Pectus excavatum exercises

Don't let a lack of gym get in the way of starting to improve the look of your pectus excavatum. This article will go over all the necessary equipment you'll need, as well as a starting list of exercises that will have you looking and feeling better in no time.

Updated on
October 6, 2022
Workout equipment to help improve pectus excavatum
Table of contents

Let's be clear - no home workout (or gym workout for that matter) is going to fix your pectus excavatum.

The goal of incorporating a workout routine into your life has much deeper benefits than just dealing with PE.

First, it's just going to make you feel better. The confidence you get after working out for a long period of time really can't be put into words. You're still going to notice your PE when looking in the mirror, but you'll feel better about the reflection overall.

Secondly, you're going to look better. This should come as no surprise for anyone that's reading this, but when it comes to "masking" your PE, building some muscle and losing fat really does make a huge difference (especially when you consider how we’re prone to the pectus pot belly).

Lastly, and one of the more hidden benefits of working out to improve pectus excavatum is the improvements in posture after a period of doing back workouts. We tend to slump forward with PE, and by improving the strength of our back, the shoulders naturally get pulled backwards, which makes us stand taller, and reduce the inward pressure on our sternum.

These workouts aren't specific to men, and women with pectus excavatum will get great benefits out of these as well.

Looking for some examples of what fitness can do for your chest? Take a look at some of these celebrities with pectus excavatum.

Gym workouts vs home workouts

When you're getting started, this shouldn't matter one bit. The key is to get in the habit of working out consistently, and if/when you're comfortable to make the transition to a gym, feel free to do so.

Pectus excavatum home workout equipment

Here's a list of items that will get you off to a great start if you're looking to get a good workout in at home.

Adjustable dumbbells

These ain't cheap, but boy are they handy. I have the 50-pound version of these dumbbells and I absolutely love them. It's very quick weights in between sets, and the barely take up any space. While you can get great results with just body weight, the added resistance and varieties of exercises you can do with dumbbells is totally worth it.

Resistance Bands

If you can’t get access to dumbbells, you could always grab a cheap set of resistance bands to at least get started with some exercises. I recommend grabbing a pair anyways, as the pull apart routine we’ll be going over is extremely helpful.

Yoga mat

While yoga isn't going to have as noticeable improvements as working out pectus excavatum, the improved flexibility is a nice little bonus. If you're thinking about vacuum bell treatment, stretching before and after is going to get you even better results, so incorporating yoga into your routine is a nice little bonus.

If you're just getting started, you don't need to spend a lot of something fancy from lululemon, just grab something cheap from Amazon instead.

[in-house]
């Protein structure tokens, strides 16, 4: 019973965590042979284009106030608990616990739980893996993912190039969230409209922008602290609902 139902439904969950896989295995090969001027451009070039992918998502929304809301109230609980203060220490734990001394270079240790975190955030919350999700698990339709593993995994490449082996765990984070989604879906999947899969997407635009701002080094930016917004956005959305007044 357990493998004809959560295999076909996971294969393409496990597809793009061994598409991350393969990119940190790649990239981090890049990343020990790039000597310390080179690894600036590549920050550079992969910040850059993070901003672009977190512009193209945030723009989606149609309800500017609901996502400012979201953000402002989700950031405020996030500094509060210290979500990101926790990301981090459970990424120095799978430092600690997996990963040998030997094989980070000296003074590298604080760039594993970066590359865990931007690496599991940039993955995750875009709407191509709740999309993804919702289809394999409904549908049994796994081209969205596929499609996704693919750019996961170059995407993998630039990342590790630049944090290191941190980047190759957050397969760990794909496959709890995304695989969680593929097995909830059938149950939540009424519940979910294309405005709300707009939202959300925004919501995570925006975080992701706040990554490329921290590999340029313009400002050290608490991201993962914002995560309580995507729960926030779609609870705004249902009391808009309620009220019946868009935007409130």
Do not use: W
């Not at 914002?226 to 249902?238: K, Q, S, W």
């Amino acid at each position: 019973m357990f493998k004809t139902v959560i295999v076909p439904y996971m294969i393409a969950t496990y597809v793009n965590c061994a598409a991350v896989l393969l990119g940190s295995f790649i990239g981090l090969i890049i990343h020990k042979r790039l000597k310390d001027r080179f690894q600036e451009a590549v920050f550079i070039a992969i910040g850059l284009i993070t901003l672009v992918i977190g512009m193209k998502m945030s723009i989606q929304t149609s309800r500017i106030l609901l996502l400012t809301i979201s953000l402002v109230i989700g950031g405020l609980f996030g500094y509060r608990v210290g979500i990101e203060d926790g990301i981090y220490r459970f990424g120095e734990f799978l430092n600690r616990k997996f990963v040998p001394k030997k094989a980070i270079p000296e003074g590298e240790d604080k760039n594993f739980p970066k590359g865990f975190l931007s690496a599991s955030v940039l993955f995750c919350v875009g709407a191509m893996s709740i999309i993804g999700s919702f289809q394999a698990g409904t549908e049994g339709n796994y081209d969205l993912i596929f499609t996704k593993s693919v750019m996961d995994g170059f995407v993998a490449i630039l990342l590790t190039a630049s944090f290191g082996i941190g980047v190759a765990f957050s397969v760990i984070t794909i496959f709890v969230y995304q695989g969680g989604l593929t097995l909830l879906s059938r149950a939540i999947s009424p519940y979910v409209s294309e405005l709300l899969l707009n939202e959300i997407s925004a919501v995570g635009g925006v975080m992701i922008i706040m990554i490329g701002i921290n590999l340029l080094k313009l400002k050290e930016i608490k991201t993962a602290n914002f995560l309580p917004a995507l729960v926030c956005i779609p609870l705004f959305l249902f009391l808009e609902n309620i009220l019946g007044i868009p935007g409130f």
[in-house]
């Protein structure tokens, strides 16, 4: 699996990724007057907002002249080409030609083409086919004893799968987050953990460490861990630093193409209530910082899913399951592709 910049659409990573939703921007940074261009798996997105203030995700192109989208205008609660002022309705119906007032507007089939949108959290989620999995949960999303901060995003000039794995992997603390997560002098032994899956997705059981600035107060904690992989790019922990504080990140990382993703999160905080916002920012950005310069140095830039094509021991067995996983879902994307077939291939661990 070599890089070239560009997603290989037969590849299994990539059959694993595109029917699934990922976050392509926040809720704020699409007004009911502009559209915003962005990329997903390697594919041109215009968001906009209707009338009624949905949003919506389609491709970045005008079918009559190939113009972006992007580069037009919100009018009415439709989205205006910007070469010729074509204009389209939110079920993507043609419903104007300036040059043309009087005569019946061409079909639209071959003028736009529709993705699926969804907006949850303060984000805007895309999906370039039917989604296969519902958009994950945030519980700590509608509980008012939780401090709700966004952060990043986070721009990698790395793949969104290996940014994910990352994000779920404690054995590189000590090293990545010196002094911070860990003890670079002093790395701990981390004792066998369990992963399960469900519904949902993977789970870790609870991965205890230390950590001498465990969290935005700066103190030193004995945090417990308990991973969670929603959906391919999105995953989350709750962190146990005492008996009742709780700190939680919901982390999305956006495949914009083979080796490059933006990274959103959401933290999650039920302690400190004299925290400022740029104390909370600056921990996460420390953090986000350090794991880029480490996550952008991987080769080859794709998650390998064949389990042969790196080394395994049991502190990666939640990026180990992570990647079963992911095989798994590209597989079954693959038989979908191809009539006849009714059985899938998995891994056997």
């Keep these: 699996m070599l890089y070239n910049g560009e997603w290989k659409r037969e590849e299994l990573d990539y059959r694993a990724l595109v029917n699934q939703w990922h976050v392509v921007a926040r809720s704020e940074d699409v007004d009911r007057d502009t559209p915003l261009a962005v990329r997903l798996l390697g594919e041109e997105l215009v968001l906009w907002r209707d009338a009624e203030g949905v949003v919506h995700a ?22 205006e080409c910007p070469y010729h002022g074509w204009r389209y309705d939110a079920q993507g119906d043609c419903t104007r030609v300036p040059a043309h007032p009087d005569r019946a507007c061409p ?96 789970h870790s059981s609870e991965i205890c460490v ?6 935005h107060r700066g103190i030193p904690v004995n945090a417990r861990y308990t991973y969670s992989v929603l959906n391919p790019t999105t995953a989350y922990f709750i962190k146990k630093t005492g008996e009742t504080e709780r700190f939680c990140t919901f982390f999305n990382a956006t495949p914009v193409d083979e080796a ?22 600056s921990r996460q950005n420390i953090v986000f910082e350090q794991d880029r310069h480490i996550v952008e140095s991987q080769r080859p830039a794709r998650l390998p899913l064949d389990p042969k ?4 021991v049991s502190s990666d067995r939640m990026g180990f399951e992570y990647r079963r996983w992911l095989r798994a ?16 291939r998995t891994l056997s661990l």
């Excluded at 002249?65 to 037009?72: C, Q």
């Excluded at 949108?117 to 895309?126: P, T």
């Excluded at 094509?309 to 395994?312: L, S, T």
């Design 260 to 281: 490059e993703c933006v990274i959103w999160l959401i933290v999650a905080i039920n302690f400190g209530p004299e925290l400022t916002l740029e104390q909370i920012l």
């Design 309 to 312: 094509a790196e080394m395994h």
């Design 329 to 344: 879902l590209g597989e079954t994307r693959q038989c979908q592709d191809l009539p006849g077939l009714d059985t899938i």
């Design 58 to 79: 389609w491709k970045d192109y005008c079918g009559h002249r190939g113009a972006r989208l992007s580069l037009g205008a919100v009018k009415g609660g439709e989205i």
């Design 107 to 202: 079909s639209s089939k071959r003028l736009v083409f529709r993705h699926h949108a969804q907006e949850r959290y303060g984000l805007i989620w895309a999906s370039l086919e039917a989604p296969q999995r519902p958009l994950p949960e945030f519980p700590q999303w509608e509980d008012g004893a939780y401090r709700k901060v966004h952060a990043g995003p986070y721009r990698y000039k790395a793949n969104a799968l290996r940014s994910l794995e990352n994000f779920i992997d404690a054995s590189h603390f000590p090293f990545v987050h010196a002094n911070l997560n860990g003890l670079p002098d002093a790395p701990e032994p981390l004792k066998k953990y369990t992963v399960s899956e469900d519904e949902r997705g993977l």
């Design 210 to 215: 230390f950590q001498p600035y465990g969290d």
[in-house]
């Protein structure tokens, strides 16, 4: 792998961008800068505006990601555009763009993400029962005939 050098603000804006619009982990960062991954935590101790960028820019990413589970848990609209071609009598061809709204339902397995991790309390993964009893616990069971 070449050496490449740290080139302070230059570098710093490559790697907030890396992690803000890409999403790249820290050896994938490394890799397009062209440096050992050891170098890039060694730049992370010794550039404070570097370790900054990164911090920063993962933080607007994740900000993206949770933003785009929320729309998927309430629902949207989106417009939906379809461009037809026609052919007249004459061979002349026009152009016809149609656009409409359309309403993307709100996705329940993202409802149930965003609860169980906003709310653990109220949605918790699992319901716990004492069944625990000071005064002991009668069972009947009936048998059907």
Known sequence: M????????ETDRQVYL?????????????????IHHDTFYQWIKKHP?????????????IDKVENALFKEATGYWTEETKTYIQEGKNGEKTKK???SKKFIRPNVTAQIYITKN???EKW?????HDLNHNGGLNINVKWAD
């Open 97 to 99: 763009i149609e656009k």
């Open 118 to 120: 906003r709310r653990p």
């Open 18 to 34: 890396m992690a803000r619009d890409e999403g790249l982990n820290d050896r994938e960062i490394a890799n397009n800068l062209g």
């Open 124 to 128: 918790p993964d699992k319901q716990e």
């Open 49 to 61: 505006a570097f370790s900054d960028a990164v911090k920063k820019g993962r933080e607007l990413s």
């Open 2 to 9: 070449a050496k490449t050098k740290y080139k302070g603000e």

Pull up bar

Don't skip out on this, trust me. These pull up bars attach to most door frames, and are easy to remove if needed. Focusing on your chest might feel like it makes the most sense with pectus excavatum, but improving your posture with back exercises is going to make a massive difference.

Ab wheel

Out of all the equipment listed, this one is probably the least necessary, but I do prefer using it over basic core exercises.  By focusing on a straight back during the decent, you get an added lower back workout as well.

Best exercises to improve Pectus Excavatum

Band pull aparts

_10-20 reps, 3 sets._‍

Not only does this exercise focus on your back, it gives your upper chest a great stretch as well. Simply grab your bands in both hands, stand up straight with both arms in front of you, then slowly pull them apart  until you’re making a t shape with your arms.
The trick here is to make sure your posture is correct by pushing your sternum towards the sky.

Bench press

8-12 reps, 3 sets

This is a staple chest workout and for good reason. It’s a great exercise because it really focuses on the chest, and there are some variations that will allow you to focus on the lower, and upper chest.

Since we’re working at home, and you might not have a bench, you could always do the floor press variation.

Dumbbell pullover

_8-12 reps, 3 sets_‍

If you don’t have a bench to be able to these at home, try using a couch or chair with a pillow on top. Out of all the exercises, experts say that this is one that people with pectus should be focusing on.

Ab wheel roll

_10 reps, 3 sets_‍

Posture, posture posture. It’ll make the difference in getting the most of this exercise while strengthening your core, and get that posture improved

Dumbbell bent over row

8-12 reps, 3 sets

This is a great exercises that really focuses in on your back. I prefer to do the single arm row as I find them a bit more comfortable, but if you’re pressed for time and want to do both arms at the same time, that’s always an option as well.

No bench needed for this, a chair or couch will do just fine. Just make sure your back is straight.

Going forward

This should be a great start to get you exercising at home to help improve your pectus excavatum. If you're looking to improve your pectus excavatum even further, check out our premium pectus body improvement guide.

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Man sitting cross legged meditating with pectus excavatum

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